In order to capture the trajectories that lead to Aidland a biographical perspective is employed which reveals that boundary crossing between development cooperation, emergency relief and human rights is not unusual and that considering these fields as separate spheres might overlook important connections. Rich reflexive data is used to theorize about the often contradictory experiences of people working in aid whose careers are shaped by geo-politics, changing priorities of donors and a changing composition of the aid sector.
Exploring the life worlds of people working in aid, this book contributes to the emerging sociology and anthropology of aidwork and will be of interest to professionals and researchers in humanitarian and development studies, sociology, anthropology, political science and international relations, international social work and social psychology.
It provides an interdisciplinary investigation of the role of aid in African development, compiling the work of historians, political scientists, legal scholars, and economists to examine where aid has failed and to offer new perspectives on how aid can be made more effective. Questions regarding the effectiveness of aid are addressed here using specific case studies.
The question of ownership is examined in the context of two debates: 1 to what extent should aid be designed by the recipient country itself? The future of aid is also addressed: should aid continue to be a part of the development agenda for countries in sub-Saharan Africa?
If so, how much and what type of aid is needed, and how it can be made most effective?
For this reason, aid may not meet the goals for which it was intended. To meet the needs of the communities they want to help, donors should work through consultation and a measure of recipient ownership. Donors need to understand context, to protect human rights, and to be guided by principles of social and environmental justice.
Other suggested strategies for making aid more effective include peer review; self-assessment; the empowerment of women; encouraging accountability; investing in agriculture; helping smallholder subsistence farmers; introducing ethical and professional standards for civil service; and raising the competence of civil servants.
What would it take to achieve durable peace? This book presents six provocative case studies authored by respected peacebuilding practitioners in their own societies. The studies address two cases of relative success Guatemala and Mozambique , three cases of renewed but deeply fraught efforts Afghanistan, Haiti, and the Palestinian Territories , and the case of Sri Lanka, where peacebuilding was aborted but where the outlines of a new peace process can be discerned.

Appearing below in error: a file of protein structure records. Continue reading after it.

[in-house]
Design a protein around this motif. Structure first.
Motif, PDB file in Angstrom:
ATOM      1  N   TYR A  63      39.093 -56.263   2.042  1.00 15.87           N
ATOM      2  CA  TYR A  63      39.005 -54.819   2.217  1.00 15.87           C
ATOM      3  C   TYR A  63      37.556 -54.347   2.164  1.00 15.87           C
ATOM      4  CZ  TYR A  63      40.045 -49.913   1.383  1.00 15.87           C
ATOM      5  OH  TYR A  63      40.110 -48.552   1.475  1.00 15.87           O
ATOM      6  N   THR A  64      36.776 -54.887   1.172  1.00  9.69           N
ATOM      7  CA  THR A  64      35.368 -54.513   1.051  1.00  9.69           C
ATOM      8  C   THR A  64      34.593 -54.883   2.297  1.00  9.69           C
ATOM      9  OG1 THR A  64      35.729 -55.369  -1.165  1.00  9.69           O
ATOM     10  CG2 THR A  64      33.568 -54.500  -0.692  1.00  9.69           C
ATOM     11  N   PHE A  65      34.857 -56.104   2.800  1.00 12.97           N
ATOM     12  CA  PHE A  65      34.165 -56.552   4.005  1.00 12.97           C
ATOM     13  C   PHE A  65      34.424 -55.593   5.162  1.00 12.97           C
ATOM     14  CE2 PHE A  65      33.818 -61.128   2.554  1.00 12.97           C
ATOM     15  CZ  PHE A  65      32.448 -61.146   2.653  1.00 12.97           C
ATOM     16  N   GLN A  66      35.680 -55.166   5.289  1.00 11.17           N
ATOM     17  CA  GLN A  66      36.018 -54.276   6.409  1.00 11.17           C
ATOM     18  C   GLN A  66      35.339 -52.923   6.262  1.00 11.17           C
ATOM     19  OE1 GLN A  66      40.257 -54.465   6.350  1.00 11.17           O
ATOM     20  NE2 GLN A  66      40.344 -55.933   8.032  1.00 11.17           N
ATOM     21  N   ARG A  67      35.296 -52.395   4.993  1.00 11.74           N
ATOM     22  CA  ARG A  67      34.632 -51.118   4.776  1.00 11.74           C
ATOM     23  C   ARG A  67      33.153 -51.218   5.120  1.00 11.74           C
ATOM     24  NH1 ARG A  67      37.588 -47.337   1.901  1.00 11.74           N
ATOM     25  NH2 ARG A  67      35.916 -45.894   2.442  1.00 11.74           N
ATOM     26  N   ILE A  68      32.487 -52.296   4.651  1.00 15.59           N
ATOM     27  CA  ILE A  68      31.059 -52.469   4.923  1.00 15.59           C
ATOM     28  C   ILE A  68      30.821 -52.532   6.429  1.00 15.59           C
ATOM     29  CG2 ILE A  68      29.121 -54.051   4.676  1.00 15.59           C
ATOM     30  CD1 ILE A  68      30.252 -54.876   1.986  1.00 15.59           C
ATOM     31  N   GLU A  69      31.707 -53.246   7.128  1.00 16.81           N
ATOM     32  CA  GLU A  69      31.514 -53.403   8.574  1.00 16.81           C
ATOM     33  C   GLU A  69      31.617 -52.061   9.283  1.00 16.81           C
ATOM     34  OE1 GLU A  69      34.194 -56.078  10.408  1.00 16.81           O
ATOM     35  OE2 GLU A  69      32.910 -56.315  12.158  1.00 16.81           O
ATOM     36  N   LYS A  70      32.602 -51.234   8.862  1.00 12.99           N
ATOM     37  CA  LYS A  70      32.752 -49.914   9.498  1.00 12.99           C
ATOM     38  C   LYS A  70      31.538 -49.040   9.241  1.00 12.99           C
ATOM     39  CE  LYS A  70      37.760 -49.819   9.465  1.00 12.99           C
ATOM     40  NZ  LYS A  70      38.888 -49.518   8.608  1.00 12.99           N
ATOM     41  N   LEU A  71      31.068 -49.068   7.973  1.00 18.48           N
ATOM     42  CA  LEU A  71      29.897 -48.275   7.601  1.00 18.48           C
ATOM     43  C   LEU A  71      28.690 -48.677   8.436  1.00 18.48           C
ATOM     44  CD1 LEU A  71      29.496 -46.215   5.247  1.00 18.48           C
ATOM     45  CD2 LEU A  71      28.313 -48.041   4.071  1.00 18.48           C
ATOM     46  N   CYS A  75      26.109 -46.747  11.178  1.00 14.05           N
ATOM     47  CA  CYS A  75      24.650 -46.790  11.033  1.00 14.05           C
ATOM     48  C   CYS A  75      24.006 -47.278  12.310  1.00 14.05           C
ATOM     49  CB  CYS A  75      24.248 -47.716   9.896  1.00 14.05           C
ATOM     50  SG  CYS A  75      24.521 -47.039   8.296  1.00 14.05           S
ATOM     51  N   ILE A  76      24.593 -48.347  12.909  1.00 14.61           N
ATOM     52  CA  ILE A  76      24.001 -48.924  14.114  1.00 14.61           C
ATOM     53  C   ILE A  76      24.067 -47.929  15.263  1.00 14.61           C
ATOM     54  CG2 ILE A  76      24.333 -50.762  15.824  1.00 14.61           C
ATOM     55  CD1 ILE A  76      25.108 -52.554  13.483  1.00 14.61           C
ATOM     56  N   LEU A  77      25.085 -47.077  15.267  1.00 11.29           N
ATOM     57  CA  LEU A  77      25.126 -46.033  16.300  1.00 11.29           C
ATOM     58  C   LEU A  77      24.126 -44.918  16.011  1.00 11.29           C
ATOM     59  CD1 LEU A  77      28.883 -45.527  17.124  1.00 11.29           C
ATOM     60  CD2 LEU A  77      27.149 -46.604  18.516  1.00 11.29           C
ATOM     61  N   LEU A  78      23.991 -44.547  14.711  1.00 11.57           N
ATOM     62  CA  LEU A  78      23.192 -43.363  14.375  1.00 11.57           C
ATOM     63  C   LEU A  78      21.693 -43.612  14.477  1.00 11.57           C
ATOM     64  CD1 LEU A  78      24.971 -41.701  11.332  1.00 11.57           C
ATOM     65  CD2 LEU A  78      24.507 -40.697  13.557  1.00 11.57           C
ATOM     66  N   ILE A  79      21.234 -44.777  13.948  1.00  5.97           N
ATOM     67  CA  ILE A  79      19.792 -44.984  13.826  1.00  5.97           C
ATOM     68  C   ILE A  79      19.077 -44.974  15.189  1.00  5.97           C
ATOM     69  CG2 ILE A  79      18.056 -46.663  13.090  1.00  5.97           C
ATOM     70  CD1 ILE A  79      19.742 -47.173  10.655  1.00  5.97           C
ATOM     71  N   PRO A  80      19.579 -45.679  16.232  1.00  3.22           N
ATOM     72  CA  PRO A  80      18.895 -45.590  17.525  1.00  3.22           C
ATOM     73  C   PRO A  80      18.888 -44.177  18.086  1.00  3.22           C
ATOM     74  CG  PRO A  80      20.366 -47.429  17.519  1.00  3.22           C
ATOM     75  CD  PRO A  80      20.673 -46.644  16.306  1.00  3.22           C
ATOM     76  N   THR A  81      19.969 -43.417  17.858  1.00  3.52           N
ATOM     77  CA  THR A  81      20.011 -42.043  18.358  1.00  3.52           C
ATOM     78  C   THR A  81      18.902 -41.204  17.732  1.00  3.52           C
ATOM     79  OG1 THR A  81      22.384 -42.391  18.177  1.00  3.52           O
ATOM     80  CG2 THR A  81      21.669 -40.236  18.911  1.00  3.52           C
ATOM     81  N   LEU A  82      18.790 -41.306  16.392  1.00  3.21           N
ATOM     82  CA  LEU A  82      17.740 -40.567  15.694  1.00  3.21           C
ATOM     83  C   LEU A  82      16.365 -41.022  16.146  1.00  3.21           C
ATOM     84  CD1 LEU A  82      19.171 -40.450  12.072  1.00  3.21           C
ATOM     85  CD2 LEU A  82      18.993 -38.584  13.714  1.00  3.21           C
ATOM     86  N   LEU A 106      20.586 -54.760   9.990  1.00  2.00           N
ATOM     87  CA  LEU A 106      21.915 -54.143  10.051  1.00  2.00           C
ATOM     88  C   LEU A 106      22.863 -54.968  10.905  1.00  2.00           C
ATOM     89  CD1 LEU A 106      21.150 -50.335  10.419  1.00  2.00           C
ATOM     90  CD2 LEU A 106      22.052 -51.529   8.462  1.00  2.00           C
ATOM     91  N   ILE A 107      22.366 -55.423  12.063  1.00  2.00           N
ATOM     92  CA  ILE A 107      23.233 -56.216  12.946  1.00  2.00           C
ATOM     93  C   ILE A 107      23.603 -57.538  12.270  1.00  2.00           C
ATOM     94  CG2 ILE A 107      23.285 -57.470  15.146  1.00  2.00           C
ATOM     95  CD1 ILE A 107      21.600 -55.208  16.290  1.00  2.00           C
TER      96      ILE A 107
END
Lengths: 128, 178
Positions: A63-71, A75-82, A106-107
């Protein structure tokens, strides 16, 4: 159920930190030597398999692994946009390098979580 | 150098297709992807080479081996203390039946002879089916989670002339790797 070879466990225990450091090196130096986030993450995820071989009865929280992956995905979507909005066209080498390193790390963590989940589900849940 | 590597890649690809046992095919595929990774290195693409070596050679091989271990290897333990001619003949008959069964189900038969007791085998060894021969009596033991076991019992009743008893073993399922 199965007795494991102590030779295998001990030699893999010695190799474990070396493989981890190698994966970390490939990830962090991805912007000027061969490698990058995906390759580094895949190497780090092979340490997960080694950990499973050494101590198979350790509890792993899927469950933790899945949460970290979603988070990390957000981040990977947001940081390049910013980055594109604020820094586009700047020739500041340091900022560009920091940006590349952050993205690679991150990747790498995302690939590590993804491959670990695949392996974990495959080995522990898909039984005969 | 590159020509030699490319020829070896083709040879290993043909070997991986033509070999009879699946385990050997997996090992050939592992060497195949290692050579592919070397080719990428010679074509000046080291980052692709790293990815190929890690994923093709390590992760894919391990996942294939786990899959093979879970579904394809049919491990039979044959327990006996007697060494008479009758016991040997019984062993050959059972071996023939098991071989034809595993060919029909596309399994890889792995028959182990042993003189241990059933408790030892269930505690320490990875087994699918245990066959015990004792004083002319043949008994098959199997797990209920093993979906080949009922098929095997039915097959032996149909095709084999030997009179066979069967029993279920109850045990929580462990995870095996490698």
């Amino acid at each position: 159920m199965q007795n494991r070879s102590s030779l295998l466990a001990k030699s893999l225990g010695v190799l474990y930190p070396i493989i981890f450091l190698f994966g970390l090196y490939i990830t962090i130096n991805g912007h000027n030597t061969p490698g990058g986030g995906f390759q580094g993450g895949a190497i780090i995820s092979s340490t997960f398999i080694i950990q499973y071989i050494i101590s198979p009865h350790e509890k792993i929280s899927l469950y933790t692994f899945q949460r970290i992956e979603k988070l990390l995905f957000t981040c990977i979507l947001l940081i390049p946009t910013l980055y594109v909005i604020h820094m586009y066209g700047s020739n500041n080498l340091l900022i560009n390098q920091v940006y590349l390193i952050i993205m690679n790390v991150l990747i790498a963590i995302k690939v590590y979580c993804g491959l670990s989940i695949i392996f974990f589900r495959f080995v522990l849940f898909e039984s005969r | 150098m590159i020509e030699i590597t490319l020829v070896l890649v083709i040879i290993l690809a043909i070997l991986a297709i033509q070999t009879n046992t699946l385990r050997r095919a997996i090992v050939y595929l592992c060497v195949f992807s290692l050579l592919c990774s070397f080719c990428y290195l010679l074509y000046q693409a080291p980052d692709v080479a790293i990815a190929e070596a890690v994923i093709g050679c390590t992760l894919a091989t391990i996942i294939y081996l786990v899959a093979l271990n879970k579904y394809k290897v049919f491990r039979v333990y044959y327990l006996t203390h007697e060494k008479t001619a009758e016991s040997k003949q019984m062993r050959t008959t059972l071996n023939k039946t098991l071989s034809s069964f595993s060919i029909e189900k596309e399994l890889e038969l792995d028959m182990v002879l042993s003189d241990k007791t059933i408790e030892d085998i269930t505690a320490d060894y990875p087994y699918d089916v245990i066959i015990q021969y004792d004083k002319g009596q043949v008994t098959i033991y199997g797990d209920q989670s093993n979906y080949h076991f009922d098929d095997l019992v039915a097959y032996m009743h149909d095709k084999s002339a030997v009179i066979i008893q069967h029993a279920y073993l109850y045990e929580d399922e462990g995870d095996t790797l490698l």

In reality, there are many continuities and discontinuities between crisis and normality. What does this mean for our understanding of politics, aid, and local institutions during crises? This book examines this question from a sociological perspective.
This book provides a qualitative inquiry into the social and political dynamics of local institutional response, international policy and aid interventions in crises caused by conflict or natural disaster. Emphasising the importance of everyday practices, this book qualitatively unravels the social and political working of policies, aid programmes and local institutions.
The first part of the book deals with the social life of politics in crisis.
Some of the questions raised are: What is the meaning of human security in practice? How do governments and other actors use crises to securitize — and hence depoliticize - their strategies? The second part of the book deals with the question how local institutions fare under and transform in response to crises. Conflicts and disasters are breakpoints of social order, with a considerable degree of chaos and disruption, but they are also marked by processes of continuity and re-ordering, or the creation of new institutions and linkages.
Insights from the new science of well-being
This part of the book focuses on institutions varying from inter-ethnic marriage patterns in Sri Lanka to situation of institutional multiplicity in Angola. The final part of the book concerns the social and political realities of different domains of interventions in crisis, including humanitarian aid, peace-building, disaster risk reduction and safety nets to address chronic food crises.
This book gives students and researchers in humanitarian studies, disaster studies, conflict and peace studies as well as humanitarian and military practitioners an invaluable wealth of case studies and unique political science analysis of the humanitarian studies field. Terms and Conditions. Toggle navigation Menu.